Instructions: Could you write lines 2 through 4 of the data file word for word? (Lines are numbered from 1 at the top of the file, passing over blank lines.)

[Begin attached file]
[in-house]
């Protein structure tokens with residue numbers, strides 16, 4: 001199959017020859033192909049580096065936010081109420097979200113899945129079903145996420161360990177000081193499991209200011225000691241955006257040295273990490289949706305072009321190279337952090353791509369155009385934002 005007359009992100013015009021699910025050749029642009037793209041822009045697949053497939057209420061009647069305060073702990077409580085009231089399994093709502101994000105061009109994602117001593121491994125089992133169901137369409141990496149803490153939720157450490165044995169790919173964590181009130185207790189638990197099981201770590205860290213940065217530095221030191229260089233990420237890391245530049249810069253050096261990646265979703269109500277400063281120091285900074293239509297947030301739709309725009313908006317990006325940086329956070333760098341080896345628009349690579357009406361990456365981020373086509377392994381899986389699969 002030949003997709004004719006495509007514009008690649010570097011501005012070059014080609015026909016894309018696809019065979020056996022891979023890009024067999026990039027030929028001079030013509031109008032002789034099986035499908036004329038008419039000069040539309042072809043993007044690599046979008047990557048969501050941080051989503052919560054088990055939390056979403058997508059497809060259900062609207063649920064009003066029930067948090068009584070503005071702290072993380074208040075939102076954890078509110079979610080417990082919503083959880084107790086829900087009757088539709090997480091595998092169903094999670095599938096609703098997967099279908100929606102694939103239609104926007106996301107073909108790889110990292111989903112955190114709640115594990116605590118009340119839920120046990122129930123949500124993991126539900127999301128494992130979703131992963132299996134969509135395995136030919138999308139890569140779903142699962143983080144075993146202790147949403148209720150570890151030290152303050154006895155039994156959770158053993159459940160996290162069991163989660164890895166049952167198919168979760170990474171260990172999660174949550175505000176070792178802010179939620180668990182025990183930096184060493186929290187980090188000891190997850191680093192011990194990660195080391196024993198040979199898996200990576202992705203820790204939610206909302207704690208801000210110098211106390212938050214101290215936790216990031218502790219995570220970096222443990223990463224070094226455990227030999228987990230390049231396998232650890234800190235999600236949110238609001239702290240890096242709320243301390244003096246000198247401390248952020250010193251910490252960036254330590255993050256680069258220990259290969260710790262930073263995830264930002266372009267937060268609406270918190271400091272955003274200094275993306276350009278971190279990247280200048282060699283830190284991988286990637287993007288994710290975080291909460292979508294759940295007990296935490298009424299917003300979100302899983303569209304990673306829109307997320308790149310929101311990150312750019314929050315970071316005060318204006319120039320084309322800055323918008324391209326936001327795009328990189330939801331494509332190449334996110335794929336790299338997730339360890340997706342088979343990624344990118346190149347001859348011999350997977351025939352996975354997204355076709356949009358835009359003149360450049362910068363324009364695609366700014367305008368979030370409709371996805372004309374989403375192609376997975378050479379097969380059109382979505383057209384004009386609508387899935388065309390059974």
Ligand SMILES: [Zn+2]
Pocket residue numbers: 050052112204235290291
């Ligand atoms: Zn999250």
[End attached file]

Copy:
């Protein structure tokens with residue numbers, strides 16, 4: 001199959017020859033192909049580096065936010081109420097979200113899945129079903145996420161360990177000081193499991209200011225000691241955006257040295273990490289949706305072009321190279337952090353791509369155009385934002 005007359009992100013015009021699910025050749029642009037793209041822009045697949053497939057209420061009647069305060073702990077409580085009231089399994093709502101994000105061009109994602117001593121491994125089992133169901137369409141990496149803490153939720157450490165044995169790919173964590181009130185207790189638990197099981201770590205860290213940065217530095221030191229260089233990420237890391245530049249810069253050096261990646265979703269109500277400063281120091285900074293239509297947030301739709309725009313908006317990006325940086329956070333760098341080896345628009349690579357009406361990456365981020373086509377392994381899986389699969 002030949003997709004004719006495509007514009008690649010570097011501005012070059014080609015026909016894309018696809019065979020056996022891979023890009024067999026990039027030929028001079030013509031109008032002789034099986035499908036004329038008419039000069040539309042072809043993007044690599046979008047990557048969501050941080051989503052919560054088990055939390056979403058997508059497809060259900062609207063649920064009003066029930067948090068009584070503005071702290072993380074208040075939102076954890078509110079979610080417990082919503083959880084107790086829900087009757088539709090997480091595998092169903094999670095599938096609703098997967099279908100929606102694939103239609104926007106996301107073909108790889110990292111989903112955190114709640115594990116605590118009340119839920120046990122129930123949500124993991126539900127999301128494992130979703131992963132299996134969509135395995136030919138999308139890569140779903142699962143983080144075993146202790147949403148209720150570890151030290152303050154006895155039994156959770158053993159459940160996290162069991163989660164890895166049952167198919168979760170990474171260990172999660174949550175505000176070792178802010179939620180668990182025990183930096184060493186929290187980090188000891190997850191680093192011990194990660195080391196024993198040979199898996200990576202992705203820790204939610206909302207704690208801000210110098211106390212938050214101290215936790216990031218502790219995570220970096222443990223990463224070094226455990227030999228987990230390049231396998232650890234800190235999600236949110238609001239702290240890096242709320243301390244003096246000198247401390248952020250010193251910490252960036254330590255993050256680069258220990259290969260710790262930073263995830264930002266372009267937060268609406270918190271400091272955003274200094275993306276350009278971190279990247280200048282060699283830190284991988286990637287993007288994710290975080291909460292979508294759940295007990296935490298009424299917003300979100302899983303569209304990673306829109307997320308790149310929101311990150312750019314929050315970071316005060318204006319120039320084309322800055323918008324391209326936001327795009328990189330939801331494509332190449334996110335794929336790299338997730339360890340997706342088979343990624344990118346190149347001859348011999350997977351025939352996975354997204355076709356949009358835009359003149360450049362910068363324009364695609366700014367305008368979030370409709371996805372004309374989403375192609376997975378050479379097969380059109382979505383057209384004009386609508387899935388065309390059974």
Ligand SMILES: [Zn+2]
Pocket residue numbers: 050052112204235290291